Researchers identify possible role of Foxp1 protein in control of autoimmune diseases
Scientists at the Higher School of Economics, the Institute of Bioorganic Chemistry of the Russian Academy of Sciences (IBCh RAS), and the Memorial Sloan Kettering Cancer Center created a genetic model that helps to understand how the body restrains autoimmune and oncological diseases. The researchers published their results in Nature Immunology.
The immune systems of humans and animals enable them to resist infectious diseases. That is, they recognize pathogens such as viruses, bacteria, fungi, protozoa, and multicellular parasites and destroy them. The T lymphocyte or “helper lymphocyte” is a special type of immune cell that identifies pathogens and helps other immune cells destroy both the pathogens and the cells they infect. The helper lymphocytes also contain a specialized lineage, called a T-regulatory or “Treg” that, instead of helping to fight infection, actually inhibits the response of normal lymphocytes. Mutations that interfere with the development and proper functioning of Treg cells lead to disastrous consequences for the body. Mice and humans without Treg cells develop fatal autoimmune diseases caused by T-helper cell’s uncontrolled attack on the body’s own cells.
The scientists studied the properties of the Foxp3 protein that is responsible for the development and proper functioning of Treg cells. They found that removing the Foxp3 protein gene from the genomic DNA prevents development of Treg cells, leading to the death of the organism. It is also known that numerous autoimmune diseases are associated with abnormal Foxp3 synthesis and Treg cell quantities. The Foxp3 protein does not work alone, but as part of a complex of proteins that help it regulate the work of genes necessary for the proper functioning of Treg cells. That set of proteins includes Foxp1, which has been the subject of much less research.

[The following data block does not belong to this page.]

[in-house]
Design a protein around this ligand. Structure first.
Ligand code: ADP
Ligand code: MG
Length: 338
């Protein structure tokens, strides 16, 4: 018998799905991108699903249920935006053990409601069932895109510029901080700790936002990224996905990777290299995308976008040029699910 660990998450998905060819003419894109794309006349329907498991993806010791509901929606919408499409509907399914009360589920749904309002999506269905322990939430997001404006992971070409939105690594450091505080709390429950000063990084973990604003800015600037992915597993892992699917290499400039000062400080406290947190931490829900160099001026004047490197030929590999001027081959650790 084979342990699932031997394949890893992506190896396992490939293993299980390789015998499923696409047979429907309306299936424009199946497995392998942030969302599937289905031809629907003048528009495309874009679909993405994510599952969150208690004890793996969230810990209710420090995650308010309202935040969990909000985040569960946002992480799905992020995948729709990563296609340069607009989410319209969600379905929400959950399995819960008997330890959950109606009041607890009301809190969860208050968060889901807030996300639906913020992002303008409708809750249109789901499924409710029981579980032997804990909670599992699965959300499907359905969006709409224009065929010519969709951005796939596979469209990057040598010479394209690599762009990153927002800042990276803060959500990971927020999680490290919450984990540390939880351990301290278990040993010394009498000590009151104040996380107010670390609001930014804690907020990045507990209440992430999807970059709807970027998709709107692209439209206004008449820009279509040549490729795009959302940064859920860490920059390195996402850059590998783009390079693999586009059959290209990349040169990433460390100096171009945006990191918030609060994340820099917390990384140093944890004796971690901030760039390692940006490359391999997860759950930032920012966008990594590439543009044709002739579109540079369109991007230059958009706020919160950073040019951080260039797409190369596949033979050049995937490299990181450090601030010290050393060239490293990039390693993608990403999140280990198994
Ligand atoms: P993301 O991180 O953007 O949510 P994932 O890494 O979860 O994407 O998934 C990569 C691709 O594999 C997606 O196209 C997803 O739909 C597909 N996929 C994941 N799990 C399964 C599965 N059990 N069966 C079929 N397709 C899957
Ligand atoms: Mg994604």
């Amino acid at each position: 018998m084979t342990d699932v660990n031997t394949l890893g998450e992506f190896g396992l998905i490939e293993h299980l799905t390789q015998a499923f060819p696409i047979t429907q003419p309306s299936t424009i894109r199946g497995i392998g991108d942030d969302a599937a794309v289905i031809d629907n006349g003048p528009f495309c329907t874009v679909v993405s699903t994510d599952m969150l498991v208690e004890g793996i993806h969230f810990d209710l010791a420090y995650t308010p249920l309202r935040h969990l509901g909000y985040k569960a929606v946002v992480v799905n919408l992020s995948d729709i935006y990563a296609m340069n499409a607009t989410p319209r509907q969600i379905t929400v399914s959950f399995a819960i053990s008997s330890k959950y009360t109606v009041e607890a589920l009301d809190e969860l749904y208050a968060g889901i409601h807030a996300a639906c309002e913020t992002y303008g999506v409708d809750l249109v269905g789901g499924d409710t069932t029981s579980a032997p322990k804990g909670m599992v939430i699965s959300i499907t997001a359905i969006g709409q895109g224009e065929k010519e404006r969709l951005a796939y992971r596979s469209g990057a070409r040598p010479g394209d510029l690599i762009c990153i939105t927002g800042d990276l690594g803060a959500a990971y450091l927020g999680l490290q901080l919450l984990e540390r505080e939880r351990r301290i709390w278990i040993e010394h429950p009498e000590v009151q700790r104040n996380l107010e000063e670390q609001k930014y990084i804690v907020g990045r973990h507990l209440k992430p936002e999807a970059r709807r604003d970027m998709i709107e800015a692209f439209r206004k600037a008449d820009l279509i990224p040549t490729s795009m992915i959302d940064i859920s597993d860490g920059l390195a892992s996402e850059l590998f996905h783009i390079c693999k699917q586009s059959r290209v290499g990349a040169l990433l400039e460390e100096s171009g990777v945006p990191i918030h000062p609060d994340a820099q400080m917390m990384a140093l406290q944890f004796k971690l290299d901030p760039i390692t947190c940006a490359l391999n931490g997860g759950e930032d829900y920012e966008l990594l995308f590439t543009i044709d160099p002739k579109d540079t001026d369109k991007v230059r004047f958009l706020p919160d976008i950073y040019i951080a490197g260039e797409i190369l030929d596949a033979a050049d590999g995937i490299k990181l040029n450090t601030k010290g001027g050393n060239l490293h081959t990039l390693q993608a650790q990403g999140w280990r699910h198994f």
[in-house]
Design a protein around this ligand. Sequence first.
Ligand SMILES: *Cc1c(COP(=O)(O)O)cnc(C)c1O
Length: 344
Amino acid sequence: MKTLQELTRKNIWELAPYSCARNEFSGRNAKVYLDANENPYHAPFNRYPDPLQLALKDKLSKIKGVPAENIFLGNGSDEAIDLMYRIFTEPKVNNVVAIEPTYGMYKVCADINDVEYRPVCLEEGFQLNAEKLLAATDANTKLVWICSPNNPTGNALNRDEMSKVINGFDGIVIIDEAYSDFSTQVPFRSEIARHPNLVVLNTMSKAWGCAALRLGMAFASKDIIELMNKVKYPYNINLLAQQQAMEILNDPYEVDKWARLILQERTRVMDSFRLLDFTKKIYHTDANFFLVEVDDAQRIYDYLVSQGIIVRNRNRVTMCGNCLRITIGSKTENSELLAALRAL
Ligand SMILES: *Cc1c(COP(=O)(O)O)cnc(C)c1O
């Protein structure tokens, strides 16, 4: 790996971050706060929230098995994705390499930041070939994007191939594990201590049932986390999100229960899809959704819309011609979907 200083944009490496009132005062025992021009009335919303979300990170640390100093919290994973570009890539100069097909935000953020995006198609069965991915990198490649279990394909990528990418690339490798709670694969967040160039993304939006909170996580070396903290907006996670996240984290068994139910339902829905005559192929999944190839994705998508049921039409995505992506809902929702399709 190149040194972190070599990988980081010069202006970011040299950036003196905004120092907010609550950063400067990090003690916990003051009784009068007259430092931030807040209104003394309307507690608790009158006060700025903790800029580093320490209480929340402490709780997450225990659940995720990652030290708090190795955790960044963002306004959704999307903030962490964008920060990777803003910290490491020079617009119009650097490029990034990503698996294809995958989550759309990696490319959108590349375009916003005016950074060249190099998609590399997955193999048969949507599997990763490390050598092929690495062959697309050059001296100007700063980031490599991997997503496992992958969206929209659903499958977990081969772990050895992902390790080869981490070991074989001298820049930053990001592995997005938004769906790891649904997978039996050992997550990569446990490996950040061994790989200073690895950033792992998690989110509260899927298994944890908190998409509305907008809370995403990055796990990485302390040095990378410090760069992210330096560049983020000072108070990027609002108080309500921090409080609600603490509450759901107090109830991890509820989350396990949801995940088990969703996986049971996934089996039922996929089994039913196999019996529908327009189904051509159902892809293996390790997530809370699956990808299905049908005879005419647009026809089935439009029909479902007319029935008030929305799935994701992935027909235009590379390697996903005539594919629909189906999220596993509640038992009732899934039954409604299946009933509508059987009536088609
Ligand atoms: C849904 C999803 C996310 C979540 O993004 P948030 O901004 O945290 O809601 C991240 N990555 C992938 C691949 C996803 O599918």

The authors of this study, under the guidance of Aleksander Rudensky, created a genetic model to explain exactly how the Foxp1 protein affects Foxp3. They began by removing part of the Foxp1 gene in Treg from laboratory mice. A comparison of the “normal” cells with the cells in which Foxp1 had been removed revealed that Foxp3 is much worse at binding DNA in the absence of Foxp1. That is, the genes of the proteins crucial for the proper functioning of Treg cells do not work correctly without Foxp1. Thus, if Foxp3 is essential for Treg, then Foxp1 also holds great importance because its removal negatively affects Foxp3. According to the researchers, achieving an understanding the structure of the complex of proteins that includes Foxp3 and Foxp1 is the key to creating drugs that can selectively affect Treg cells.
‘The results significantly broaden our knowledge of the molecular mechanisms regulating immunological tolerance that can be used for treating cancer and autoimmune diseases,’ notes Yury Rubtsov, a co-author of the study, associate professor of the HSE faculty of Biology and Biotechnologies, and senior researcher at the IBCh RAS Laboratory of Molecular Oncology. ‘Cancerous tumours attract Treg cells to defend themselves against the body’s immune system. The more Treg cells present in the tumour, the worse the patient’s prognosis. Thus, if we could control the quantity and activity of Treg cells by, for example, decreasing them in the case of a tumour or, on the contrary, increasing them in the case of autoimmune disease, we could create safe medicines for treating heretofore incurable illnesses.’
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